Tomorrow I’ll make my first school visit of the year and I’m looking forward to being with kids again. This won’t be a long visit, it’s for first grade students only, and it’s local. The school is Rountree Elementary, named after one of Springfield’s early settlers in the late 1820s and early 1830s. The original school was a crude affair by today’s standards. Today its location is remembered by a marker erected on the site. I found this description in an article titled:
History of Greene County, Missouri
R. I. Holcombe, Editing Historian
The first school house was built in 1832. It was of small logs and stood where is now the old Christian church (used at present as a private residence), on the north side of College street, a little west of Main, and near where Gen. Lyon’s general headquarters were, and where his dead body lay. But the first school house attended by children who then lived on the present site was built in 1831, and was also of small logs. Of this school house, John H. Miller says it stood a mile and a quarter west of town, and the first teacher was old uncle Joe Rountree; the pupils were Henry Fulbright and some of his younger brothers, the Rountree boys, John Miller, J. J. Weaver, and his two older sisters, Louisiana, late wife of Col. C. A. Haden, and Jane, mother of Joe Farrier, and a few others. The school house had a good dirt floor, and one log, cut out for a window, no door or shutter. Here they learned to spell, read, write and cipher in Pike’s arithmetic, on three-legged benches. Mr. Miller says the old school house on College street had a loose plank floor, a door shutter, a mud-and-stick chimney, and then the builders thought that in the matter of school house architecture they had nearly reached the top round of the ladder of civilization, and the Ruskins of that day were greatly delighted with the beautiful effect produced.
Rountree Elementary School is special to me for two other reasons. My wife Sandy and daughter Robin both attended school there.
The other day when I was signing at Barnes & Noble a young boy stopped by with his parents. He was wearing a t-shirt that said, Harrison Huskies on it. He’s in 4th grade at the school that bears my name. Other Harrison students, present and past, also came to say hello. Each and every time I meet a young person who tells me he or she goes to Harrison I’m thrilled all over again. The school opened in 2009 so by now there are many Harrison graduates around the city and it’s not unusual for someone to tell me they used to go there.
I always visit David Harrison Elementary at least once every year and sometimes take visitors there so they can see the school. Many were there for the grand opening when I gave a speech. Kent and Jody Brown flew in from Highlights to be there. So did my pal Deanna Schuler from Warrensburg. My family was there, including my mother who was in a wheel chair by then.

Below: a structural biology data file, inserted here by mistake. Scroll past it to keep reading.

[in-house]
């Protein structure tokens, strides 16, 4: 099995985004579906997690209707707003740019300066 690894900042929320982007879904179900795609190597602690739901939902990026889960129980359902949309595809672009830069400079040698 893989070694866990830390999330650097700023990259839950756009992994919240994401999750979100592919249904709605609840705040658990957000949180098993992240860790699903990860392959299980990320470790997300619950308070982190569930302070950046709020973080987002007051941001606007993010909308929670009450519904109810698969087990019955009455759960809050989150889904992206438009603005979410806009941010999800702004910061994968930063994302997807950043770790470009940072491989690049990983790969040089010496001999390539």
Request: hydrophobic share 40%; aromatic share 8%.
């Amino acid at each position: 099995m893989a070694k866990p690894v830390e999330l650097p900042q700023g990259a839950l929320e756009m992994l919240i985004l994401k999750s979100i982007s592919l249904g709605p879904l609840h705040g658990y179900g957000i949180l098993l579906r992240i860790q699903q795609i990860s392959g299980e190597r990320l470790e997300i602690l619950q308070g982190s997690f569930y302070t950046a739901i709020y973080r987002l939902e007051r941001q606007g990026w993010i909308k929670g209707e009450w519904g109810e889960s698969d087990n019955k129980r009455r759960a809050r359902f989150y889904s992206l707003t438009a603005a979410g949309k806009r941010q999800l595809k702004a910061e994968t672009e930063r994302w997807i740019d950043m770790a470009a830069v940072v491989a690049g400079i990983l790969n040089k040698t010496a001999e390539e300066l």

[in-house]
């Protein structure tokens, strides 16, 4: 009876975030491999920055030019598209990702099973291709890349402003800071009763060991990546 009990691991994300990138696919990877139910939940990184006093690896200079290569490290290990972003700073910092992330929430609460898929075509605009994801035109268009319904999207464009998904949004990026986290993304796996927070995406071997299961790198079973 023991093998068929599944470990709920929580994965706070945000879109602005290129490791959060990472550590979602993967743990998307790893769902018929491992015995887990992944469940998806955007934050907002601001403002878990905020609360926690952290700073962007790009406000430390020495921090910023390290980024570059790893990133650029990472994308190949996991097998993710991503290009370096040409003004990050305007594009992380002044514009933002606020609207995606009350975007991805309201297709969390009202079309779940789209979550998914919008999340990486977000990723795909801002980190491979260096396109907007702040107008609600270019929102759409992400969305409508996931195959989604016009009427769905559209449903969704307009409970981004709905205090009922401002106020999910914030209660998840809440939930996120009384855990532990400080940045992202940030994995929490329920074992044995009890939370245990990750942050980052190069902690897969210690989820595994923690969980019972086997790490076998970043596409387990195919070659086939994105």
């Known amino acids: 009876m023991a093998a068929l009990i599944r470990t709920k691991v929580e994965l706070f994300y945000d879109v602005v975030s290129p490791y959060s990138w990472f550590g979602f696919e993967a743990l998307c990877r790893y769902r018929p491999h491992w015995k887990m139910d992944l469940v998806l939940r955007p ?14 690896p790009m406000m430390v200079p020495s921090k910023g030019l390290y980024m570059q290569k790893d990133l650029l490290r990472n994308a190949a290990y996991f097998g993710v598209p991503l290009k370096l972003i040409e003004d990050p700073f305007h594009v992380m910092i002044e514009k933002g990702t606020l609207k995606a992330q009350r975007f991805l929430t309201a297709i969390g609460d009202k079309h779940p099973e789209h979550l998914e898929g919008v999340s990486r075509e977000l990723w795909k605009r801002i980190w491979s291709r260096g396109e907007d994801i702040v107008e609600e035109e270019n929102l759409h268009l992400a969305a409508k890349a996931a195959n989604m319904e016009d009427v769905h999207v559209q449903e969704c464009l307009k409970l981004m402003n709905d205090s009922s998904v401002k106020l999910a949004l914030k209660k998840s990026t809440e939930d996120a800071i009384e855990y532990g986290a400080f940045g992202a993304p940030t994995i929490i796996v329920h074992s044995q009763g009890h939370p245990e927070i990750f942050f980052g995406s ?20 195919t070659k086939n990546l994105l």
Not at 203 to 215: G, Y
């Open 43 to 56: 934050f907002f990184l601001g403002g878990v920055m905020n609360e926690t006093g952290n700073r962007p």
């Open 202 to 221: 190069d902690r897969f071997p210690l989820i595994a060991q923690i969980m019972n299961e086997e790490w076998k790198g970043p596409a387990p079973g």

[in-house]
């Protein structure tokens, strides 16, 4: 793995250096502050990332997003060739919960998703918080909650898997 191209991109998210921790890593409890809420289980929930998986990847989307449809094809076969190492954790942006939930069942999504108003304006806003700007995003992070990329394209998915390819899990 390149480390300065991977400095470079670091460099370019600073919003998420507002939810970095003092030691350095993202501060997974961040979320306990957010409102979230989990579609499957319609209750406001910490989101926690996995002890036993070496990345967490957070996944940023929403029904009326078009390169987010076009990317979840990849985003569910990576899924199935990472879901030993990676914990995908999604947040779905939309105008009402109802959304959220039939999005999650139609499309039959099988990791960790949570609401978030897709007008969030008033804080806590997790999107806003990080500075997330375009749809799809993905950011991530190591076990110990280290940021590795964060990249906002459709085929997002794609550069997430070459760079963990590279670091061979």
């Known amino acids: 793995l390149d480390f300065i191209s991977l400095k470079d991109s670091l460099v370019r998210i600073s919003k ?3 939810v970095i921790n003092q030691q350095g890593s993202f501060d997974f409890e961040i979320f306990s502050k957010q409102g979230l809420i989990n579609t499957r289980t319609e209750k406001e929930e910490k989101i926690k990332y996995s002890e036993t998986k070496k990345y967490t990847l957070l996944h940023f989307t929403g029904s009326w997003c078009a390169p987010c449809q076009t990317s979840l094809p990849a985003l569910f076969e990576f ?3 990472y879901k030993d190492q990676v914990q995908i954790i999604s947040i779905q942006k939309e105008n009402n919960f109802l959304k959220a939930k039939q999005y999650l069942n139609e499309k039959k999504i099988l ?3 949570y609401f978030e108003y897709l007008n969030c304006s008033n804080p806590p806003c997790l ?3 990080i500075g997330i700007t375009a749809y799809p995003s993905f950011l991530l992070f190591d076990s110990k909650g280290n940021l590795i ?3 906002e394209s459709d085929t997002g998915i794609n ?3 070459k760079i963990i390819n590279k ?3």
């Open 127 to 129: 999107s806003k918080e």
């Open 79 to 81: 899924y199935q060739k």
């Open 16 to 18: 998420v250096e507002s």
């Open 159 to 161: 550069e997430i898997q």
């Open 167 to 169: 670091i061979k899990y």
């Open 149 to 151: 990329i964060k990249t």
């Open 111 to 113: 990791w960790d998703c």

In the eight years since the school opened the oldest students at the time are now seniors in high school. Soon they will be spreading their wings, flying off to college or to jobs, marriage, life. Wherever I go around town in public places, I stand a little straighter, wondering if someone in the room went to “my” school. Not many people get turned into buildings. Believe me, we buildings are always aware of the privilege we’ve been given.
Do you have any idea how I love typing the name of that school? On Thursday I attended an assembly at which the Missouri State University In-School Players, under the direction of Michael Frizell, himself a well known, gifted, and professional actor, performed materials selected from my poetry and stories for young people. It was a WOW on a scale of 10.
Sandy attended with me. The kids waved and grinned. Many came up later for hugs and high-fives and hurried whispers. It does not get better than that.
Thank you, Michael. Thank you, In-School Players: Nick Oswalt, Cassidy Flynn, Lyric Arvizu, Zoe Zelonky, Kendrick Hooks, Annie Lewis Lay, Melanie Humphrey, Hannah Katherine Green, and Sarah Rebottaro.
A special thanks to Harrison principal Christine Mendel. Chris, you always make me feel welcome.
Today is a good day for me. I’ll visit Robberson Community School, Springfield’s first year around elementary school, to talk to grades 3-5 students from 10:15-10:45 and K-2 students from 10:55-11:20.
From 1:00-1:45 the Missouri State University IN-SCHOOL PLAYERS will perform a play based on the body of my work as part of this year’s 16-school tour.
My thanks to Community School Coordinator Christian Mechlin and Principal Kevin Huffman for arranging my visit to Robberson and to MSU’s Michael Frizell for working with the IN-SCHOOL PLAYERS. I look forward to the day!